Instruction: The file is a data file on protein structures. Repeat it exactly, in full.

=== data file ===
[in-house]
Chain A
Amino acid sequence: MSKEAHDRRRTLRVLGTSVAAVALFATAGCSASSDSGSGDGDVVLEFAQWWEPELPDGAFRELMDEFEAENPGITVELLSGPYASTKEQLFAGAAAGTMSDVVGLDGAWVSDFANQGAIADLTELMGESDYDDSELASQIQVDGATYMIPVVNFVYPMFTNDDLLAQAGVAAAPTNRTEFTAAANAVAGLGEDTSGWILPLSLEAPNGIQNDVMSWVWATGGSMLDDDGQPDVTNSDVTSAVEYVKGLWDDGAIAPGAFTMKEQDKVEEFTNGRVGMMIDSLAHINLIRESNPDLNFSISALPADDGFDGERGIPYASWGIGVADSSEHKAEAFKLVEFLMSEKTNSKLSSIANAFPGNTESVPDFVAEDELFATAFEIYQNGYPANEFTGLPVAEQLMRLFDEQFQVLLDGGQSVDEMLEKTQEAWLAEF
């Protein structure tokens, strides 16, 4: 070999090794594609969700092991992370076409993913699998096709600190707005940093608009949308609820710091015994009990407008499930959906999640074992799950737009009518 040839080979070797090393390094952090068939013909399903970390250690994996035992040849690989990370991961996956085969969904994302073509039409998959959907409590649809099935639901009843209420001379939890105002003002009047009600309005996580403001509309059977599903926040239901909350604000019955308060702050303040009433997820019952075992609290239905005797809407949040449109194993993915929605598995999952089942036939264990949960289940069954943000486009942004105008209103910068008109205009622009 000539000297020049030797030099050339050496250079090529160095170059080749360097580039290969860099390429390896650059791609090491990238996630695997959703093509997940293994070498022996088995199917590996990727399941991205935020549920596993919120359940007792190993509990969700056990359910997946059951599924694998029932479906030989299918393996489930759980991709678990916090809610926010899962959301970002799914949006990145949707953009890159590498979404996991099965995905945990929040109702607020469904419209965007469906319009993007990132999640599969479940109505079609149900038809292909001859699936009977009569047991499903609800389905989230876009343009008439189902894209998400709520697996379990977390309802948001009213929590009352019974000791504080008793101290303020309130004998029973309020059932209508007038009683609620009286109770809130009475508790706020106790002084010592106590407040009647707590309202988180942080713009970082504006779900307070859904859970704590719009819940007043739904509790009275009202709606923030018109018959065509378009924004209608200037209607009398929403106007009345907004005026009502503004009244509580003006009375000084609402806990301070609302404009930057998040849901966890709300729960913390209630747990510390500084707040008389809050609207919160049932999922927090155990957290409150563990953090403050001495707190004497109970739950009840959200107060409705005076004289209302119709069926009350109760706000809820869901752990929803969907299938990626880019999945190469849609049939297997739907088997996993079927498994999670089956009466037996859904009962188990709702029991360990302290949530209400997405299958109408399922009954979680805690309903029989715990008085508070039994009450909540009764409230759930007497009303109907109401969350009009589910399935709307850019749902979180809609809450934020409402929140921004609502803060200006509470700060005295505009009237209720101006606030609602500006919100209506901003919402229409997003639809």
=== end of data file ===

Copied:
[in-house]
Chain A
Amino acid sequence: MSKEAHDRRRTLRVLGTSVAAVALFATAGCSASSDSGSGDGDVVLEFAQWWEPELPDGAFRELMDEFEAENPGITVELLSGPYASTKEQLFAGAAAGTMSDVVGLDGAWVSDFANQGAIADLTELMGESDYDDSELASQIQVDGATYMIPVVNFVYPMFTNDDLLAQAGVAAAPTNRTEFTAAANAVAGLGEDTSGWILPLSLEAPNGIQNDVMSWVWATGGSMLDDDGQPDVTNSDVTSAVEYVKGLWDDGAIAPGAFTMKEQDKVEEFTNGRVGMMIDSLAHINLIRESNPDLNFSISALPADDGFDGERGIPYASWGIGVADSSEHKAEAFKLVEFLMSEKTNSKLSSIANAFPGNTESVPDFVAEDELFATAFEIYQNGYPANEFTGLPVAEQLMRLFDEQFQVLLDGGQSVDEMLEKTQEAWLAEF
């Protein structure tokens, strides 16, 4: 070999090794594609969700092991992370076409993913699998096709600190707005940093608009949308609820710091015994009990407008499930959906999640074992799950737009009518 040839080979070797090393390094952090068939013909399903970390250690994996035992040849690989990370991961996956085969969904994302073509039409998959959907409590649809099935639901009843209420001379939890105002003002009047009600309005996580403001509309059977599903926040239901909350604000019955308060702050303040009433997820019952075992609290239905005797809407949040449109194993993915929605598995999952089942036939264990949960289940069954943000486009942004105008209103910068008109205009622009 000539000297020049030797030099050339050496250079090529160095170059080749360097580039290969860099390429390896650059791609090491990238996630695997959703093509997940293994070498022996088995199917590996990727399941991205935020549920596993919120359940007792190993509990969700056990359910997946059951599924694998029932479906030989299918393996489930759980991709678990916090809610926010899962959301970002799914949006990145949707953009890159590498979404996991099965995905945990929040109702607020469904419209965007469906319009993007990132999640599969479940109505079609149900038809292909001859699936009977009569047991499903609800389905989230876009343009008439189902894209998400709520697996379990977390309802948001009213929590009352019974000791504080008793101290303020309130004998029973309020059932209508007038009683609620009286109770809130009475508790706020106790002084010592106590407040009647707590309202988180942080713009970082504006779900307070859904859970704590719009819940007043739904509790009275009202709606923030018109018959065509378009924004209608200037209607009398929403106007009345907004005026009502503004009244509580003006009375000084609402806990301070609302404009930057998040849901966890709300729960913390209630747990510390500084707040008389809050609207919160049932999922927090155990957290409150563990953090403050001495707190004497109970739950009840959200107060409705005076004289209302119709069926009350109760706000809820869901752990929803969907299938990626880019999945190469849609049939297997739907088997996993079927498994999670089956009466037996859904009962188990709702029991360990302290949530209400997405299958109408399922009954979680805690309903029989715990008085508070039994009450909540009764409230759930007497009303109907109401969350009009589910399935709307850019749902979180809609809450934020409402929140921004609502803060200006509470700060005295505009009237209720101006606030609602500006919100209506901003919402229409997003639809």